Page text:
By Dan Gallagher, MarketWatch
SAN FRANCISCO (MarketWatch) -- Apple Inc. reported its third consecutive quarter of earnings declines on Monday afternoon, though a pop in iPhone sales with the launch of new devices helped revenues come in higher than Wall Street had expected for the company's fourth fiscal quarter.
Investors still took a mixed reaction to the news, with Apple's (AAPL) shares slipping about 0.8% in after-hours trades following the report and the company's conference call to discuss the results. Apple's shares have been on a run, jumping more than 25% in the last three months and closing Monday's regular session up 0.7% to $529.88.
The main culprit in the reaction was Apple's gross margin forecast for the current quarter. The midpoint of the guidance range -- 37% -- would be below the 38.6% that Apple reported in last year's December quarter which had very similar product dynamics with a new iPhone model and new versions of the iPad and Mac computer lineup.
Apple says it still has a large backlog of orders for the iPhone 5S to work through. That device launched in the last week of the recent quarter.
The December quarter also includes the crucial holiday shopping season -- and the launch of the new iPad Air and other products. Apple predicted revenue in a range of $55 billion to $58 billion. Wall Street had been expecting revenue of $55.5 billion for the period, according to FactSet.
"The main question is: Are they making progress towards getting back to earnings growth?" Walter Piecyk of BTIG Research told MarketWatch. He added that if Apple comes in at the high end of their guided range for the December quarter, "they'll report their first earnings growth in a year."
For the period ended Sept. 28, Apple said net income totaled $7.5 billion, or $8.26 per share, compared with net income of $8.2 billion, or $8.67 per share, for the same period last year.
Revenue grew 4% to $37.5 billion. Gross margin came in at 37% for the period.
Analysts were expecting earnings of $7.92 per share with revenue of $36.8 billion for the period, according to consensus estimates from FactSet.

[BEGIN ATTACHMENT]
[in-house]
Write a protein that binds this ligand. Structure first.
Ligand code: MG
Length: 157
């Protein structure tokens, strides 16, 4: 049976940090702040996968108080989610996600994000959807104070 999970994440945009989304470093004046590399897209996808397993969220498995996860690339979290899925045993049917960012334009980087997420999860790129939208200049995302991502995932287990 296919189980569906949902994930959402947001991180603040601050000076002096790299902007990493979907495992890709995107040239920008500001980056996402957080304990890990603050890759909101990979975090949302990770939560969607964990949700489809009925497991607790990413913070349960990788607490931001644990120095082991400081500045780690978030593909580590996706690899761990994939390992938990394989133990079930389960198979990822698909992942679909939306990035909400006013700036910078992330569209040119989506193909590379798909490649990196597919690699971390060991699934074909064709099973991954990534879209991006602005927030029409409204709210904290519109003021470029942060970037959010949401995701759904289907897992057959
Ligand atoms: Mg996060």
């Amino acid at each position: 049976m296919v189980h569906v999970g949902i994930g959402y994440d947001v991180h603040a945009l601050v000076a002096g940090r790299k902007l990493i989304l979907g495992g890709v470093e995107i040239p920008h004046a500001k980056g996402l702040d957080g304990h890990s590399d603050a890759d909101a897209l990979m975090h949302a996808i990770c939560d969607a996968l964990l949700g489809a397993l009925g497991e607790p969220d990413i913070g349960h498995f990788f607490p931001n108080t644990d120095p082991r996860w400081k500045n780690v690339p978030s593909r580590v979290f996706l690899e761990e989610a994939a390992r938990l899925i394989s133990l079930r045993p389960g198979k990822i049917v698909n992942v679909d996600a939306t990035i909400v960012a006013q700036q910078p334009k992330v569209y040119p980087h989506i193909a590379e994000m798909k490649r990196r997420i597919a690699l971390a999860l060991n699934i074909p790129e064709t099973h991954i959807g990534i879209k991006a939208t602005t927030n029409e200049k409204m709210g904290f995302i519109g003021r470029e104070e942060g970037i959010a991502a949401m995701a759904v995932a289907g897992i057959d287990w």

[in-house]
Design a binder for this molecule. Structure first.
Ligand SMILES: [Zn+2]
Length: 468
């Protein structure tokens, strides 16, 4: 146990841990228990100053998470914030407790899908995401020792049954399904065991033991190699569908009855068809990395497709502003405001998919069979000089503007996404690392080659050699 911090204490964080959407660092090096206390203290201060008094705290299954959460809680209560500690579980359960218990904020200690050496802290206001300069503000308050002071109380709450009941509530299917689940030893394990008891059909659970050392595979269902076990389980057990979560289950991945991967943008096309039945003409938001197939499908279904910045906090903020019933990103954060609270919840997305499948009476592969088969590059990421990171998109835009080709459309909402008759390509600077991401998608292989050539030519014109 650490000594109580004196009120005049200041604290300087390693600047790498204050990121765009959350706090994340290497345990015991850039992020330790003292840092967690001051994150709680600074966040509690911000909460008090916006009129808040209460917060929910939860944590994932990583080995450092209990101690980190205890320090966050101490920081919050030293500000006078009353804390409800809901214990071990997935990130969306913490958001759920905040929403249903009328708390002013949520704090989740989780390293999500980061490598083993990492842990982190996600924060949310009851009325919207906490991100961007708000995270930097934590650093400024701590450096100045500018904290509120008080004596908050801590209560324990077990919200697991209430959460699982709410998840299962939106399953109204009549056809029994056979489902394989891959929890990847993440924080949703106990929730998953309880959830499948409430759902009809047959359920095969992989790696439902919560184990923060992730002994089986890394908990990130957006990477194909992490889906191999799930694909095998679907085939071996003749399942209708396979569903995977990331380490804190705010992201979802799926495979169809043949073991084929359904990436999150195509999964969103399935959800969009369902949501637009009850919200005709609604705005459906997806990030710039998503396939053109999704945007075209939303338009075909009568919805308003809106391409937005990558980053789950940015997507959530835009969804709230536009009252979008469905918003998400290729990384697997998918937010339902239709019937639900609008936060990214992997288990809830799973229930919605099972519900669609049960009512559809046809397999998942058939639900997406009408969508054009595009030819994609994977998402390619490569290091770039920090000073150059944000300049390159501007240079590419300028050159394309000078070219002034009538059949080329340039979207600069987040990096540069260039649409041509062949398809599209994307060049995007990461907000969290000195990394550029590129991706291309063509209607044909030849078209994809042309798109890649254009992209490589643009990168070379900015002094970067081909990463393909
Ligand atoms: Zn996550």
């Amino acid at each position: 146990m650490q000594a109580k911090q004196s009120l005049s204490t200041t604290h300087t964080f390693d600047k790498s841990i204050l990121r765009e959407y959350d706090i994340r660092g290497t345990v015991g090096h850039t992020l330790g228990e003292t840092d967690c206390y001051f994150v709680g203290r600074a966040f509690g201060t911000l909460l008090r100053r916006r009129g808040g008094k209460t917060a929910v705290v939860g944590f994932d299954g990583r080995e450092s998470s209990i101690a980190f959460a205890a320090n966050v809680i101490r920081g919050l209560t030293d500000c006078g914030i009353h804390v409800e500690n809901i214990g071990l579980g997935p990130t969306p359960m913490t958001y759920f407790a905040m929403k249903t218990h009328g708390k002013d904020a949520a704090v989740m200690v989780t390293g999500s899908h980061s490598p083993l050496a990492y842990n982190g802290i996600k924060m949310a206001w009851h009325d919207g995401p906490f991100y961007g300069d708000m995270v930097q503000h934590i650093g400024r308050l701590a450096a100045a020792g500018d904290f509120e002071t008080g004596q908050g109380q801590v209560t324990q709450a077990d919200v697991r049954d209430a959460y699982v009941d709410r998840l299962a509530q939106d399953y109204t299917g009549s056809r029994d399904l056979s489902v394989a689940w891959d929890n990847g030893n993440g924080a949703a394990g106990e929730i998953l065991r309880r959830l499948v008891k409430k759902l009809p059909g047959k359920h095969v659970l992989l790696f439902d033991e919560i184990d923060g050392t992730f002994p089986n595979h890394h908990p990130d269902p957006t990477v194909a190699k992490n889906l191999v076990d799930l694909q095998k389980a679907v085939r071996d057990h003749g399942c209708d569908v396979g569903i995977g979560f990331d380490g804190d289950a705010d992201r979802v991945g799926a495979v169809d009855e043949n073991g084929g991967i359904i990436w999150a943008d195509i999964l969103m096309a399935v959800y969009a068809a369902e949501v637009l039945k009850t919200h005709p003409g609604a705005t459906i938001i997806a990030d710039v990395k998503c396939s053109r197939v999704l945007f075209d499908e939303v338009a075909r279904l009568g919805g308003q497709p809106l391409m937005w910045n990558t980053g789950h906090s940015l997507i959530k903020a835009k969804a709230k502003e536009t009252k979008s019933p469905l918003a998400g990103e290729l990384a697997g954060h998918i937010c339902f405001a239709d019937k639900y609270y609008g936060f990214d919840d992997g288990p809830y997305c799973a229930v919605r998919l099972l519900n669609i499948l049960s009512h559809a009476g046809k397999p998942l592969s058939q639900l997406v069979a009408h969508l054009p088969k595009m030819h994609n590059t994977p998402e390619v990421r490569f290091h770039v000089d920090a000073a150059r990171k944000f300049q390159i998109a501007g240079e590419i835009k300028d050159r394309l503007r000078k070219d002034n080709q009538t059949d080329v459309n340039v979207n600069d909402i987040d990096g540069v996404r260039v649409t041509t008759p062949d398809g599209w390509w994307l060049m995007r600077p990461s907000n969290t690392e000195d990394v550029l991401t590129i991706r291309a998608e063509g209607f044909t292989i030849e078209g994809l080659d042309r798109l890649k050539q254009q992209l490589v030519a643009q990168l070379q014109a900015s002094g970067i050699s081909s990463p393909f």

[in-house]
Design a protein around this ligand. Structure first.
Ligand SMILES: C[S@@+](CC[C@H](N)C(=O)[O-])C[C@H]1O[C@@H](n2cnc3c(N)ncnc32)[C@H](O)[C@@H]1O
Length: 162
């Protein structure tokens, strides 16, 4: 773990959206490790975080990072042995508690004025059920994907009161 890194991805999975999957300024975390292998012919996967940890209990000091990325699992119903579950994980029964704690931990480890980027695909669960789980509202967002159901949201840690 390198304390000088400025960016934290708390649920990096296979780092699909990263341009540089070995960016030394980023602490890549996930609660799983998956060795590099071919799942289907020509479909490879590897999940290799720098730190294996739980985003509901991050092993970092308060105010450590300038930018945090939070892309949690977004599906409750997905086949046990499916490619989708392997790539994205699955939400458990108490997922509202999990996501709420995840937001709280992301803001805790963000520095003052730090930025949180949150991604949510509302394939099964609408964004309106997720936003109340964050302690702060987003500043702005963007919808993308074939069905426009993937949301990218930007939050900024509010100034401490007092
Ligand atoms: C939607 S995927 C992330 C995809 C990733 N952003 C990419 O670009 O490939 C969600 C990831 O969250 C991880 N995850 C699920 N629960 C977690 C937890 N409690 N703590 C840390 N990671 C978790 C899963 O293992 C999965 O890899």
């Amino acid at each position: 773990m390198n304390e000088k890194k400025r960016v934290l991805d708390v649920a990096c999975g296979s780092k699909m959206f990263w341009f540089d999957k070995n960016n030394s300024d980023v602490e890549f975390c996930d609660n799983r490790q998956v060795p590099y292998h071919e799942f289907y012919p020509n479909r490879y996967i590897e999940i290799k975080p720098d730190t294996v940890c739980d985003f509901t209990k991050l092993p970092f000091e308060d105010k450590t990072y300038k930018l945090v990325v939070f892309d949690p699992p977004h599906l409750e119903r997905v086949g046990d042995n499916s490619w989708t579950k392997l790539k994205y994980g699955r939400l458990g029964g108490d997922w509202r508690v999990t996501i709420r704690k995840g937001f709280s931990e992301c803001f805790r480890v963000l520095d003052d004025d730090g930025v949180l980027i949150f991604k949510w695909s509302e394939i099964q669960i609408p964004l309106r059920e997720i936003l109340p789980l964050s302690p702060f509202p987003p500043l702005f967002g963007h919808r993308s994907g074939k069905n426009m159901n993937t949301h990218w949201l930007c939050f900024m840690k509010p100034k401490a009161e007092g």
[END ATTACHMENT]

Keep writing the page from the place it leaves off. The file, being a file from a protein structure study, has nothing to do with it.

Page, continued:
On the call, the company noted that it is taking a higher amount of deferred revenue on its iPhones, iPads and Macs -- given all the new software that is being made available for free with the devices. that amounts to about an additional $5 in deferred revenue for each iPhone and iPad sold, or about $900 million for the December quarter beyond what the company had already budgeted.
Peter Oppenheimer, Apple's chief financial officer, confirmed that the midpoint of the company's gross margin guidance for the period would be closer to 38% if not for the additional deferred revenue -- flat with the same period last year.
Apple said it shipped 33.8 million iPhones during the quarter. Analysts were expecting shipments of about 32 million units. The iPhone 5S and 5C launched in the last week of the quarter, and Apple said previously that it shipped 9 million units of the two new devices over the launch weekend.
Total iPad shipments for the period were 14.1 million -- slightly below the 14.5 million units shipped in the same period last year. Apple unveiled the iPad Air and new iPad mini with a "retina" display last week, with the new tablets going on sale in November.
Apple said it generated about $9.9 billion in cash from operations and returned about $7.8 billion to shareholders through dividends and buybacks during the quarter. The company ended the period with about $146.8 billion in cash, short-term equivalents and long-term investments.
Carl Icahn, the billionaire investor activist, has been pressuring Apple to dramatically step up its buybacks -- to about $150 billion. On Monday's call, Tim Cook said Apple's board reviews its cash return program on a regular basis, and "we will announce any changes to our current program in the first part of the new calendar year."
-Dan Gallagher; 415-439-6400; AskNewswires@dowjones.com
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(END) Dow Jones Newswires
10-28-13 1956ETCopyright (c) 2013 Dow Jones & Company, Inc.
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